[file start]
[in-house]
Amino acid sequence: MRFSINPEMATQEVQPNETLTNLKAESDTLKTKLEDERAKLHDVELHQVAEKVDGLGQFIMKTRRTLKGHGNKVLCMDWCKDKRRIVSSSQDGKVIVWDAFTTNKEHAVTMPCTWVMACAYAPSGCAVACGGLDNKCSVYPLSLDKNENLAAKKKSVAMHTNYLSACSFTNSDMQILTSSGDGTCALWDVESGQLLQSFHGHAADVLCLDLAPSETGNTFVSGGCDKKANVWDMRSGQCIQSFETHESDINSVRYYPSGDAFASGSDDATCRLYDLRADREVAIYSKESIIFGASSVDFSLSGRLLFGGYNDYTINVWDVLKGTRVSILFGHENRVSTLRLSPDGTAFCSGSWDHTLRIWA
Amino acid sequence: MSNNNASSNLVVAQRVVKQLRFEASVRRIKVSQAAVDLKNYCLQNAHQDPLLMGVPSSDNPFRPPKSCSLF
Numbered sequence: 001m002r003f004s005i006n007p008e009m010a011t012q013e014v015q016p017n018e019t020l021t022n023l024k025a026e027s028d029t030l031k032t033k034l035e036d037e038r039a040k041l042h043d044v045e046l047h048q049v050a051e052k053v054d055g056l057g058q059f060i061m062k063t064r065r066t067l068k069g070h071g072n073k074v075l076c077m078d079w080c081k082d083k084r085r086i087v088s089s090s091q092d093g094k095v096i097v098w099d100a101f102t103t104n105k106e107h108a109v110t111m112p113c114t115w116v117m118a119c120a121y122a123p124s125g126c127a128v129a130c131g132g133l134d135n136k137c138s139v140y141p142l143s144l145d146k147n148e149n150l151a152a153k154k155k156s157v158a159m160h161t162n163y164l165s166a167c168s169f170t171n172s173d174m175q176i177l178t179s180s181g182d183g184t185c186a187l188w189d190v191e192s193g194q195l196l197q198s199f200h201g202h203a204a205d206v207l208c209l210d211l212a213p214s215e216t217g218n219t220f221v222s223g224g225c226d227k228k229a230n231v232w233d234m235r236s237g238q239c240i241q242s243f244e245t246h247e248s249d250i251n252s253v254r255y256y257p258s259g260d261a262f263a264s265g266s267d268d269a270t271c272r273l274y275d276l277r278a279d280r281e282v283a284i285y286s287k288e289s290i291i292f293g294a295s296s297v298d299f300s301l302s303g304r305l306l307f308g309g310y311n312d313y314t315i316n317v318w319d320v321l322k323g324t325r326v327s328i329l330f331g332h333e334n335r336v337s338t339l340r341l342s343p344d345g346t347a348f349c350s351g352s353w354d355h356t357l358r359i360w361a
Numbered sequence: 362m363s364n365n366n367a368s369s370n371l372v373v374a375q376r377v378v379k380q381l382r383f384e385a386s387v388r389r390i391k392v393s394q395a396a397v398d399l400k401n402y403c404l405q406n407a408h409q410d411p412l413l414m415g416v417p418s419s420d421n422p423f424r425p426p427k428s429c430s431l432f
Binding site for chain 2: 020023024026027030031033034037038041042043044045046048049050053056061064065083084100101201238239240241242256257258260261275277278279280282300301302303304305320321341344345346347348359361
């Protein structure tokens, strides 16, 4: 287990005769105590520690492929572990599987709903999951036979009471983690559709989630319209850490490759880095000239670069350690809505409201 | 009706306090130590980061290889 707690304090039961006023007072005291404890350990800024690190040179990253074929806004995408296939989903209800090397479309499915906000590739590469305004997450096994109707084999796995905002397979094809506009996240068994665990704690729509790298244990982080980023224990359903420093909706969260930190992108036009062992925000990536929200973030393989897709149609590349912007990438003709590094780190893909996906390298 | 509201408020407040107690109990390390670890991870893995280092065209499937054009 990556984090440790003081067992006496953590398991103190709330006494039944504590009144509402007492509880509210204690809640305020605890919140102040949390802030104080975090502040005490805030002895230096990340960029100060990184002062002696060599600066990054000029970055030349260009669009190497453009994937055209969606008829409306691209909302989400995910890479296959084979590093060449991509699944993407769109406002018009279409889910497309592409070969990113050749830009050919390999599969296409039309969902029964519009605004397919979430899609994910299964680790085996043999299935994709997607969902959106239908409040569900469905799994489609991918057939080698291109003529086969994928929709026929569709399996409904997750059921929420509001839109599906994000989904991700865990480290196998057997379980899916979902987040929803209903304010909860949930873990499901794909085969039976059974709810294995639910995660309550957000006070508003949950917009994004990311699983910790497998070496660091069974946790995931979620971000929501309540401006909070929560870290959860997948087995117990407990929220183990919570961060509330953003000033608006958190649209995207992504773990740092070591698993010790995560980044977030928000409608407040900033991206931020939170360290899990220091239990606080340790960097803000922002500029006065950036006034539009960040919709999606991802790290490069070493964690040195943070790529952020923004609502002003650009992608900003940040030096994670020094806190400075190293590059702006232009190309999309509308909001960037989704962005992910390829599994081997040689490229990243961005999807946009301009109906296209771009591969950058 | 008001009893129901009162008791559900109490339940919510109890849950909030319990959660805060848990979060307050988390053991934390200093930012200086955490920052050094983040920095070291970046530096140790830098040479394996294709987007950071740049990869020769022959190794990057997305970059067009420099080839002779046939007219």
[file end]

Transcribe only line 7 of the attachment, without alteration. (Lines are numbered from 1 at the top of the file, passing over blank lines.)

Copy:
């Protein structure tokens, strides 16, 4: 287990005769105590520690492929572990599987709903999951036979009471983690559709989630319209850490490759880095000239670069350690809505409201 | 009706306090130590980061290889 707690304090039961006023007072005291404890350990800024690190040179990253074929806004995408296939989903209800090397479309499915906000590739590469305004997450096994109707084999796995905002397979094809506009996240068994665990704690729509790298244990982080980023224990359903420093909706969260930190992108036009062992925000990536929200973030393989897709149609590349912007990438003709590094780190893909996906390298 | 509201408020407040107690109990390390670890991870893995280092065209499937054009 990556984090440790003081067992006496953590398991103190709330006494039944504590009144509402007492509880509210204690809640305020605890919140102040949390802030104080975090502040005490805030002895230096990340960029100060990184002062002696060599600066990054000029970055030349260009669009190497453009994937055209969606008829409306691209909302989400995910890479296959084979590093060449991509699944993407769109406002018009279409889910497309592409070969990113050749830009050919390999599969296409039309969902029964519009605004397919979430899609994910299964680790085996043999299935994709997607969902959106239908409040569900469905799994489609991918057939080698291109003529086969994928929709026929569709399996409904997750059921929420509001839109599906994000989904991700865990480290196998057997379980899916979902987040929803209903304010909860949930873990499901794909085969039976059974709810294995639910995660309550957000006070508003949950917009994004990311699983910790497998070496660091069974946790995931979620971000929501309540401006909070929560870290959860997948087995117990407990929220183990919570961060509330953003000033608006958190649209995207992504773990740092070591698993010790995560980044977030928000409608407040900033991206931020939170360290899990220091239990606080340790960097803000922002500029006065950036006034539009960040919709999606991802790290490069070493964690040195943070790529952020923004609502002003650009992608900003940040030096994670020094806190400075190293590059702006232009190309999309509308909001960037989704962005992910390829599994081997040689490229990243961005999807946009301009109906296209771009591969950058 | 008001009893129901009162008791559900109490339940919510109890849950909030319990959660805060848990979060307050988390053991934390200093930012200086955490920052050094983040920095070291970046530096140790830098040479394996294709987007950071740049990869020769022959190794990057997305970059067009420099080839002779046939007219």